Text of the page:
Many of your event exhibitors have brochures, pamphlets and fliers that highlight their products and services. With the postponement or cancellation of events for at least another month, companies have this collateral at the ready that they will not be able to use in the way they had anticipated. There is no better way to still get that messaging across than to include these as direct mail pieces either on their own or with your upcoming print publication.
While events are a great way to connect businesses with the organizations and people who they want to work with, it’s always worth asking your exhibitors: How are you getting your name out before and after an event as well? Advertising in print publications is another cost-effective way for exhibitors to still showcase their products and services to the membership. For those associations having to delay an event until later in the year, create a Product Showcase or Products & Services Marketplace special section in your upcoming issue so these companies can remain in front of your audience right now – they may even be able to use some of the same materials they had ready for your originally scheduled event, meaning they could be ready to go with an advertisement quickly. Of course, these special sections can be highlighted in the digital edition of your publications as well for added exposure.
With so many people at home and online nearly all day, there’s never been a better time for associations to evolve and enhance their digital communications strategy. People have more time to browse websites, watch videos and read newsletters – and better yet, they want to do all those things, especially if the content you’re sharing is keeping them informed with reliable, relevant updates. Newsletter and website ads are a great opportunity for companies to also share timely messaging about how their products and services can help members most during this time.
Your association can complement its traditional website advertising with newer programmatic opportunities, including website retargeting, to help drive engagement as well. For the associations that already offer these options, temporarily lowering the prices on these ads, extending delayed billing options or offering a new introductory rate could bring in new companies that are willing to try something new to reach your audience right now. As an association, opening access to members-only sections of your website or allowing non-members to subscribe to your newsletter for the next few months could be a great way to show support to your larger industry at a time of need, as well as bring in new streams of non-dues revenue for your association to help you weather the storm. Your members and professionals throughout the industry will remember that support down the line.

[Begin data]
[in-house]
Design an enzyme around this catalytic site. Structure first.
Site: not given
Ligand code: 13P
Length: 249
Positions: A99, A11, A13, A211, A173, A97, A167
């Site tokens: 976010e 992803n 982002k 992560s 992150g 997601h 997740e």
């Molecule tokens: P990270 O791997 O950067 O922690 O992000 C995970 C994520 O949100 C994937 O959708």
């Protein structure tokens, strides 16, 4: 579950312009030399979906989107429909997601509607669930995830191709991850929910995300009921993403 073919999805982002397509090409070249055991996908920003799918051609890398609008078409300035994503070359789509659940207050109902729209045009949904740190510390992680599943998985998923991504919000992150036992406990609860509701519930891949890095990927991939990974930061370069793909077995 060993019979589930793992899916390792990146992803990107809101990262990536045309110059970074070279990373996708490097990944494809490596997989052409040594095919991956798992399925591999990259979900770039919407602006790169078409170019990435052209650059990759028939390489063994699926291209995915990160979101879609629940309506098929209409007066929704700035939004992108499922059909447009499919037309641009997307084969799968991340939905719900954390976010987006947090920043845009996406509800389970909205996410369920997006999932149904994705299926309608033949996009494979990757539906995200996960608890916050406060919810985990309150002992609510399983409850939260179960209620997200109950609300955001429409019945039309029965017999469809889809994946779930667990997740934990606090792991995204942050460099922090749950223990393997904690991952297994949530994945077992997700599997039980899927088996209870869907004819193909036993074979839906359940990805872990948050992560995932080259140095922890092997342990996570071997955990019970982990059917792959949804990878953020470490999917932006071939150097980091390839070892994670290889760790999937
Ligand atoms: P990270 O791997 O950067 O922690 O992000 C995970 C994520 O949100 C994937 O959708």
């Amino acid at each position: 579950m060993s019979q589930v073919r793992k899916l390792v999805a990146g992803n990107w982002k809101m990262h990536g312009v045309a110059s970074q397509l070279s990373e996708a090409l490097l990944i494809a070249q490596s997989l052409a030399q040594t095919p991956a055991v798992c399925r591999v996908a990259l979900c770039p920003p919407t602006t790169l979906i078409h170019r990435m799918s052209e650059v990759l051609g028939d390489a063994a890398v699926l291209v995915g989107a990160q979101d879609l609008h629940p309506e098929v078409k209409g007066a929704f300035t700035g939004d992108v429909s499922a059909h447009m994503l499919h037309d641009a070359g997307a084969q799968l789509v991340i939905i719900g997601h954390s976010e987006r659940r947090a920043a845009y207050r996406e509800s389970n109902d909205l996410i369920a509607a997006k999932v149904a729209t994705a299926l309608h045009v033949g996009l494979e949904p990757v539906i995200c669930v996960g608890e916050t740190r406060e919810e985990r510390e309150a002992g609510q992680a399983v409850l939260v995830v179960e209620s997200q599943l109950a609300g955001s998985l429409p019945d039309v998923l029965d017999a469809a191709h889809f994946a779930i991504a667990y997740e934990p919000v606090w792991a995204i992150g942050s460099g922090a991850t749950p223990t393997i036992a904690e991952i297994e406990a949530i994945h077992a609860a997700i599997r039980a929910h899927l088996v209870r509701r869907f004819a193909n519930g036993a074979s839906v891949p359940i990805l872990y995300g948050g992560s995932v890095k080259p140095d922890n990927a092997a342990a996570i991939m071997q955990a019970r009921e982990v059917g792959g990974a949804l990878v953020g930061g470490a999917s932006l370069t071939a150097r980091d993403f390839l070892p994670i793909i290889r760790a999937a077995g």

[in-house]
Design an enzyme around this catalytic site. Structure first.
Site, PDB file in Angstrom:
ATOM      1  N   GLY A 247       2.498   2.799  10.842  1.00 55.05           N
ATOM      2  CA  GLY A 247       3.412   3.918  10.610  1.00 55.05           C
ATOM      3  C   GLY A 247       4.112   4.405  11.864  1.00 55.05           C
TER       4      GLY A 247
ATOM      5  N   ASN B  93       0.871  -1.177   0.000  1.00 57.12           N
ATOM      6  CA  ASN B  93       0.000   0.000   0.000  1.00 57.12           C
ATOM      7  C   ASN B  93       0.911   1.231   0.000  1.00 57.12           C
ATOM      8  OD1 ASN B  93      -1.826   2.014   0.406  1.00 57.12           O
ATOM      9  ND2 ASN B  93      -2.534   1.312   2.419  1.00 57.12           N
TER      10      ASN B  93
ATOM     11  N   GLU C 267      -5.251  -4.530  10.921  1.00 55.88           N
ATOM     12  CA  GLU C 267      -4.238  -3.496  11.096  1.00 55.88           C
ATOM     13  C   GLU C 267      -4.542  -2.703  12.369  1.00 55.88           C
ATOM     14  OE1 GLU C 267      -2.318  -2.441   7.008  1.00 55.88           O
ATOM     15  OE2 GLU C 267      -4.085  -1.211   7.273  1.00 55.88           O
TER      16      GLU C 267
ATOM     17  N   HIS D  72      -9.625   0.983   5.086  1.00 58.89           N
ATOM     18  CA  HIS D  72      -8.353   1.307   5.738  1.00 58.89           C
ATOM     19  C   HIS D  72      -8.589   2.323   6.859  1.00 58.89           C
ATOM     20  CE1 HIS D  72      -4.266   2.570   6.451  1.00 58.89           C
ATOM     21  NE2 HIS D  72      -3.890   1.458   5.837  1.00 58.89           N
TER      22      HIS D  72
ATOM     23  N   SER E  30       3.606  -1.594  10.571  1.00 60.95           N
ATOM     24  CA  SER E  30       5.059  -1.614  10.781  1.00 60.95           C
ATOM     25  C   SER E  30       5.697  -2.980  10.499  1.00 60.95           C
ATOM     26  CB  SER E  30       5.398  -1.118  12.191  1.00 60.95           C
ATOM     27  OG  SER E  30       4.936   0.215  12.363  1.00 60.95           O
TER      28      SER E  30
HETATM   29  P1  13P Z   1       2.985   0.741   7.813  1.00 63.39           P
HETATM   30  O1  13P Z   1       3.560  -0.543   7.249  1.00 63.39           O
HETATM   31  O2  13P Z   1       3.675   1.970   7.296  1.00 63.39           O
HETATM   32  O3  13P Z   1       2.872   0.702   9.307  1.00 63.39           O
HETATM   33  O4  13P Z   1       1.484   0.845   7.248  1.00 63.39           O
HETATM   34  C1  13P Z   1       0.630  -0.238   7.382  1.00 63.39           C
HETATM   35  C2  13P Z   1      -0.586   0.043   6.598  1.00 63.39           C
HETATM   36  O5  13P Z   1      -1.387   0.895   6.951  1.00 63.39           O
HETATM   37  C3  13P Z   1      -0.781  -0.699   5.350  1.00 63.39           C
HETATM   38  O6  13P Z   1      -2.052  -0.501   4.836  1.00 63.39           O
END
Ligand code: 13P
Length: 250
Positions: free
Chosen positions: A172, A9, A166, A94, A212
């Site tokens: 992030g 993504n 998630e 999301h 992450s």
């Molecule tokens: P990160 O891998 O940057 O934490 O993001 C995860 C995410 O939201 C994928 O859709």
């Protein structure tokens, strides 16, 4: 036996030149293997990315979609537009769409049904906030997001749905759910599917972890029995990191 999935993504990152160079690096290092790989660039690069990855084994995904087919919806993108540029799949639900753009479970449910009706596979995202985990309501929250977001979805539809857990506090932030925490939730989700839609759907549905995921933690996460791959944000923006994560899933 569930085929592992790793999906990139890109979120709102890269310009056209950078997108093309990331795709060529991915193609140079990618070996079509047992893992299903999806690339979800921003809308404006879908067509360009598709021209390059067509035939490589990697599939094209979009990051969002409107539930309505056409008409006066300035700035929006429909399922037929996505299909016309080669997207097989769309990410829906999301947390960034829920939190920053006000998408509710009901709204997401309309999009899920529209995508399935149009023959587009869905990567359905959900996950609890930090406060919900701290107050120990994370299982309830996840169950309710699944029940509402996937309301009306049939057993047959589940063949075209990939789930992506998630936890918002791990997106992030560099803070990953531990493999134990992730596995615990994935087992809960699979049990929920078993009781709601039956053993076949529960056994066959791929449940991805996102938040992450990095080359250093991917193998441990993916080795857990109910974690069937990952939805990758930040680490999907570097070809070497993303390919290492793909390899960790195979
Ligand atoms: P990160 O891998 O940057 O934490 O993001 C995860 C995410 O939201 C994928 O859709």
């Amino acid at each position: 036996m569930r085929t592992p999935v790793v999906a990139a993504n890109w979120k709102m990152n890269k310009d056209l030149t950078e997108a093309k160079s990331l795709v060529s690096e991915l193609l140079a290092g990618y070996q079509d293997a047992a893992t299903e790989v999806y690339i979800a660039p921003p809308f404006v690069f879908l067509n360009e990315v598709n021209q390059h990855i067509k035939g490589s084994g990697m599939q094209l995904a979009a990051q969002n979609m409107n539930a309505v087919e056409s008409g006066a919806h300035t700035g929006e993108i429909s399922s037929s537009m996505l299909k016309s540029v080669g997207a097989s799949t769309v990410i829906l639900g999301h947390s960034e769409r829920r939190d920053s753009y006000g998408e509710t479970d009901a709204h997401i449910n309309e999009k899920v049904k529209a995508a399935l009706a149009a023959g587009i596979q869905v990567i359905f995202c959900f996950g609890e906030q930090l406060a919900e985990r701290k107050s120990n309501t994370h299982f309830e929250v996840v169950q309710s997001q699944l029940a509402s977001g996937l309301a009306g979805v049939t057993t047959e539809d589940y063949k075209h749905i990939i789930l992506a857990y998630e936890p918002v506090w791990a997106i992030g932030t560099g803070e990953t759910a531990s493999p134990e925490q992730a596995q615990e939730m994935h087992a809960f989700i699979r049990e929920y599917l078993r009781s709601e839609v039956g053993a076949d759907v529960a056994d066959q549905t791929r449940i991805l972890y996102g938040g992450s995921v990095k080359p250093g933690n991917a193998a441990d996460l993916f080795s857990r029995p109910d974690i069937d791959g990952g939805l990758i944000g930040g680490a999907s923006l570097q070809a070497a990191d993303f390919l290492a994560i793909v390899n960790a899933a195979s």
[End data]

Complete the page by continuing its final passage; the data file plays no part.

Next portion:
Your members are in need of a lot of information right now – that’s a given – so don’t make them search for it in a number of different places across your communications platform. Associations should be creating a content hub where members can find all the best resources, timely updates, member benefits information and new content related to this current crisis.
A microsite – a website dedicated to a specific subject (COVID-19, for example) or branded to your publication – is a great option. It acts as a “one-stop shop” that houses all the different communications the association has to offer, including feature articles, blogs, member news, videos, social media feeds, in one place and allows your site visitors to find the information they need, exactly when they need it. These sites are also key to cross-promoting your association’s other communications channels and can help to drive traffic to those publications throughout the year.
An online community is another meaningful element to add to your microsite. It’s a place where members and industry partners can connect to ask questions and talk through issues, concerns and best practices. Your members will be relying heavily on their trusted relationships to get through difficult times and uncertainties in the short- and long-term.
With both microsite and online communities, your association will be able to offer traditional advertising placements, as well as sponsored content opportunities, that will be viewed as relevant to your readership.
As the leader in your industry, you want to make sure that your association is top of mind during this time of crisis and that your members are receiving the information and resources from you that they desperately need. For those associations that don’t fill this need, you make yourselves vulnerable when members go to renew and when potential advertisers and sponsors make their next round of purchasing decisions.
John Bacon, senior group publisher with Naylor Association Solutions’ Managed Services Division, has more than 10 years of extensive experience and expertise in leading profit-generating operations for professional and trade associations.